Yakubu in the notice of appeal predicated on five grounds claimed that the Federal High Court Judge was wrong to be a judge of his own order allegedly not obeyed outside the face of the court.
He maintained that he was no longer a contemnor at the Federal High Court under the strength of his appeal lodged at the Court of Appeal challenging the justification of the contempt charge against him.
Besides, Yakubu asserted that Justice Pam committed a grave miscarriage of justice, when he unilaterally struck out a motion on notice he filed on July 31 praying his court to adjourn the contempt charge against him pending the determination of his appeal on the contempt charge at the Court of Appeal.
He insisted that the trial court breached section 36 of the 1999 constitution by striking out his motion without hearing it, thereby denying him his right to fair hearing in the determination on merit of his application.
He, therefore, prayed the Court of Appeal for an order setting aside the entire ruling of Justice Pam delivered on August 1, during which a bench warrant for his arrest was issued.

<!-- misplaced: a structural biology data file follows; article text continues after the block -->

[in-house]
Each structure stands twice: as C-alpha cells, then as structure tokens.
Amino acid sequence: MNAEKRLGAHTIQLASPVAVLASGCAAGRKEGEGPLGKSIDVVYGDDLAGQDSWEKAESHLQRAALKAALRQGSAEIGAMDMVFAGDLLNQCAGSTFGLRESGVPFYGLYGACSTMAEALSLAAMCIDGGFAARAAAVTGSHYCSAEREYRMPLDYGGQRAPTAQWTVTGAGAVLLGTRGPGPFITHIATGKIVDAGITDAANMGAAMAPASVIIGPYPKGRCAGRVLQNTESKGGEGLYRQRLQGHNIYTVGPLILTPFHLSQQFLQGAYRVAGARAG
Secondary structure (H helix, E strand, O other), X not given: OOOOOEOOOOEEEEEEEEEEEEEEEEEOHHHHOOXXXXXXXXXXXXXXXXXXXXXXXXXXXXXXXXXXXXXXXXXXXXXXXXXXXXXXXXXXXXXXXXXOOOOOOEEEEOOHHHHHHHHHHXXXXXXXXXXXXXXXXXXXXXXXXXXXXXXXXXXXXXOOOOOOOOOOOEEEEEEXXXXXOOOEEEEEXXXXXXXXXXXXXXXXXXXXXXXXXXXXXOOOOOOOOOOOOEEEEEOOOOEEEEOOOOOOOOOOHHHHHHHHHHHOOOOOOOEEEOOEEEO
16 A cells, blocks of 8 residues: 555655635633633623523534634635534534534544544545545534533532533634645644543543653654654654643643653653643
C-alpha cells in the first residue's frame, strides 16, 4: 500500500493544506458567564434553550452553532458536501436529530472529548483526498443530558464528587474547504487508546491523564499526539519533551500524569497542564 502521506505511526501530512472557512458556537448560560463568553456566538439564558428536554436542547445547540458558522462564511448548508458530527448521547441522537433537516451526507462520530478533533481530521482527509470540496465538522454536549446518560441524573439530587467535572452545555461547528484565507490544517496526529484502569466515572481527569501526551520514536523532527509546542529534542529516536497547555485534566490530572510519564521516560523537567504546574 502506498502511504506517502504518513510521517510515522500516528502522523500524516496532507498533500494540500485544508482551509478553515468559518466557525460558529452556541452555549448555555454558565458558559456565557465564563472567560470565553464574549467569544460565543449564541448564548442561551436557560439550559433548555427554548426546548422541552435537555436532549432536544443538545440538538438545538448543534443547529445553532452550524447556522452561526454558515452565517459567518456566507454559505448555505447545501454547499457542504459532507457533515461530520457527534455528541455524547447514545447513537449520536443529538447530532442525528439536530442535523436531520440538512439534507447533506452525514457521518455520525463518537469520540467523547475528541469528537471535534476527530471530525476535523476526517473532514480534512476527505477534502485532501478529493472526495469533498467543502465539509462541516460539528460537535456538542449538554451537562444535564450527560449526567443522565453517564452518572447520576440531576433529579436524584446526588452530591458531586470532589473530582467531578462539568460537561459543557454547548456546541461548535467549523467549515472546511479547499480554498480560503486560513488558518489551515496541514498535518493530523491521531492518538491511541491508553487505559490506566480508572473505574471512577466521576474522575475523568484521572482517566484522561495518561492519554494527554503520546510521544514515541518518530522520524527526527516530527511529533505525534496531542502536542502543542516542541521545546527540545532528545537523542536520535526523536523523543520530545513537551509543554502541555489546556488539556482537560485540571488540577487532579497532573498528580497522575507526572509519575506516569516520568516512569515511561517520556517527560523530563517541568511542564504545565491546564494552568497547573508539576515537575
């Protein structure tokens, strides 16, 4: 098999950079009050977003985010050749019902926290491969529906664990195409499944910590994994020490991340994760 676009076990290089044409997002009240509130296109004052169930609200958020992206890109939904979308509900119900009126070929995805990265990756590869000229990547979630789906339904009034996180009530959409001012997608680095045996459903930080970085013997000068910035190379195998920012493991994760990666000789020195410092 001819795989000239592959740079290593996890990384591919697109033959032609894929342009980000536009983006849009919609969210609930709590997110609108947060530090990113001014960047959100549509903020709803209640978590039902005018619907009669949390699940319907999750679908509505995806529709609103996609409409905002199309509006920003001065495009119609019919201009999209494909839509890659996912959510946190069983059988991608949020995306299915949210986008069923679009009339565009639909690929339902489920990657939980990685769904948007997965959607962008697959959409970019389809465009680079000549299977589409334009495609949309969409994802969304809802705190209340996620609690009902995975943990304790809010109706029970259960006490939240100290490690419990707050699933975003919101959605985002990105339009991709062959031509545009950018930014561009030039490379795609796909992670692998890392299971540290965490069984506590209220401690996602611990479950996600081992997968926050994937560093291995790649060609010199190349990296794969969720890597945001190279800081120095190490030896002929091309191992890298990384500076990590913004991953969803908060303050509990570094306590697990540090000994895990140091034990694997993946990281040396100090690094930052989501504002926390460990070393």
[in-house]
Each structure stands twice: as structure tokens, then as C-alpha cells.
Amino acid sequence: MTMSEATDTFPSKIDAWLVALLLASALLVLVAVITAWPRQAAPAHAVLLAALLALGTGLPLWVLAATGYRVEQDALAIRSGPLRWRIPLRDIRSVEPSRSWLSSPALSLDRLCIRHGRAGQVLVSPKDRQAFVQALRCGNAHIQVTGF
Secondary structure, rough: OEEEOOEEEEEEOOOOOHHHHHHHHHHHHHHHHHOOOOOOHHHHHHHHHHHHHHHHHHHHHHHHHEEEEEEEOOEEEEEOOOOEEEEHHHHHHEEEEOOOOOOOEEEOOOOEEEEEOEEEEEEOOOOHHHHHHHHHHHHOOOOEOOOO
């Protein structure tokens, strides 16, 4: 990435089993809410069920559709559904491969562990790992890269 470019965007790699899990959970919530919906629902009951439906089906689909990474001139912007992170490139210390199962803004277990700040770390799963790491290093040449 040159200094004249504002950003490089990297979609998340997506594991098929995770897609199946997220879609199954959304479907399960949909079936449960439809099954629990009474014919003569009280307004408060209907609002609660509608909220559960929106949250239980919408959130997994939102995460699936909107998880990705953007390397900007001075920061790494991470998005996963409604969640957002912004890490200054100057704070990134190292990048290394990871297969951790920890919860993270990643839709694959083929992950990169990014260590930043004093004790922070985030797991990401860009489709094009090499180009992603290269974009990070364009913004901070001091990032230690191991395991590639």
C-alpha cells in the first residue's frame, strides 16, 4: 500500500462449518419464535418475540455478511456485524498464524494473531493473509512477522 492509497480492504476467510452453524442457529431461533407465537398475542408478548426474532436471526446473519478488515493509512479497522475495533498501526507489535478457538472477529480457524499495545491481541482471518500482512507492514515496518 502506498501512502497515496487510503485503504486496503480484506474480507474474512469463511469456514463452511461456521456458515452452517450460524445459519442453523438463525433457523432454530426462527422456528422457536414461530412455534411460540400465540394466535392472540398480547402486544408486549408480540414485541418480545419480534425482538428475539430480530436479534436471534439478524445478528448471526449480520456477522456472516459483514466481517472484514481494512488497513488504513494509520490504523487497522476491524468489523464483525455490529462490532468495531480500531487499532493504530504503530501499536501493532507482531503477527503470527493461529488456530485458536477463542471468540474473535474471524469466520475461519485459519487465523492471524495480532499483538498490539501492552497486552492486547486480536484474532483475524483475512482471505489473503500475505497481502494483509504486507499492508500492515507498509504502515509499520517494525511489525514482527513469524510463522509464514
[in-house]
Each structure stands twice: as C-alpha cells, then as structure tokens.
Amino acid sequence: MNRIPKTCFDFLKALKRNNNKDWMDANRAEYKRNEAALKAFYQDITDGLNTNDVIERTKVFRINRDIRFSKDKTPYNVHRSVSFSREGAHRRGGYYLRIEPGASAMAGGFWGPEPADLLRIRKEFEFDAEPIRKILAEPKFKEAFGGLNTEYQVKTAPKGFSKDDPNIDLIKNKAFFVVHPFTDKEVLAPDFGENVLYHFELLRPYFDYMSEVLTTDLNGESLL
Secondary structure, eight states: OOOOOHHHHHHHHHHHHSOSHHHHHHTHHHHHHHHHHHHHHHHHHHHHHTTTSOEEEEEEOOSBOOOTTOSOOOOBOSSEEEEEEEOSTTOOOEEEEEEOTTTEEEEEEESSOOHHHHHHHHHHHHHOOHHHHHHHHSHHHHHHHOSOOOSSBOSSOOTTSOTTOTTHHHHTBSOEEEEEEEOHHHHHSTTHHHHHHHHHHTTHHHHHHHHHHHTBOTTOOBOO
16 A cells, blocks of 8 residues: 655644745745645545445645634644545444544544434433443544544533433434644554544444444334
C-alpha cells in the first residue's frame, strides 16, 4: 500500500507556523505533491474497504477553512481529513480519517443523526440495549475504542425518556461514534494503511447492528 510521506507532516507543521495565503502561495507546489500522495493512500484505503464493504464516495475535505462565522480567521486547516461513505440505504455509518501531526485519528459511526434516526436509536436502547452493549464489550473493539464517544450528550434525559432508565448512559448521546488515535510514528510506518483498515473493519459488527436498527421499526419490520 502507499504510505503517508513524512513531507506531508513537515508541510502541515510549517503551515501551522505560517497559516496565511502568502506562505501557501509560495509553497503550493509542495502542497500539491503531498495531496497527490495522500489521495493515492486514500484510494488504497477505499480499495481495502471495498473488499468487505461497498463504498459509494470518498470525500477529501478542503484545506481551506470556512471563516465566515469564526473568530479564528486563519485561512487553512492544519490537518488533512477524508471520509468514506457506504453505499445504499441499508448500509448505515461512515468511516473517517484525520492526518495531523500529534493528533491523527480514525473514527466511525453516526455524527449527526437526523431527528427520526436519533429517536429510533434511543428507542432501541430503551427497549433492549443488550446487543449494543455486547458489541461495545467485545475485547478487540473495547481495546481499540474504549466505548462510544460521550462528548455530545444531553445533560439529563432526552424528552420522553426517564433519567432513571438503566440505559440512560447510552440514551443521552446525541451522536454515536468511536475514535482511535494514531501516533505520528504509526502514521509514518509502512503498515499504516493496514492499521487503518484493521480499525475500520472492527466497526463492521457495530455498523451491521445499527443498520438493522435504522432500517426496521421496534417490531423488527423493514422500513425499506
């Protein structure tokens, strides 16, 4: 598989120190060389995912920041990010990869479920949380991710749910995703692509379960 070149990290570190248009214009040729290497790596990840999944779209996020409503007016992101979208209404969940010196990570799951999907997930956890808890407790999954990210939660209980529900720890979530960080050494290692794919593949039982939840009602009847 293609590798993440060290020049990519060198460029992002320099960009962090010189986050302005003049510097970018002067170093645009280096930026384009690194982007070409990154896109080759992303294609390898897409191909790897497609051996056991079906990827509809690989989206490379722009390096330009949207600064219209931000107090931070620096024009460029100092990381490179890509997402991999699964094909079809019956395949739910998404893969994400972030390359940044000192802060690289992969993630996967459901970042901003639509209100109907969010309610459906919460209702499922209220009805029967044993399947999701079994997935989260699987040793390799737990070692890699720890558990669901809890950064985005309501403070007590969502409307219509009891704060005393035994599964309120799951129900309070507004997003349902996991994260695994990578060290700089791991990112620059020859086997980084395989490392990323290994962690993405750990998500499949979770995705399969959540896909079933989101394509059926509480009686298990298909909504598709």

Yakubu also prayed for an order of the appellate court remitting the contempt charge marked FHC/ABJ/CS/854/2015 back to the Chief Judge of the Federal High Court for reassignment to another judge of the court for hearing and determination of the matter, on the grounds that Justice Pam had exhibited patent bias against him in his handling of the matter.
Respondents in the notice of appeal are Ejike Oguebego and Chuks Okoye, Chairman and legal adviser respectively of the Peoples Democratic Party (PDP) Anambra State, who instituted the contempt charge for themselves and on behalf of other members of the Executive Committee of the party in the state.
Following the service of Form 49 on Prof Mahmood, the court summoned him to show cause why he should not be committed to prison for having disobeyed the order of the court made on December 5, 2014, restraining him from accepting or receiving or according recognition to any list of nominated candidates for elective posts for the Senate, House of Representatives and House of Assembly of Anambra state in the 2015 general elections except those that emanated from the plaintiffs, which order was affirmed by the Supreme Court on January 29, 2016.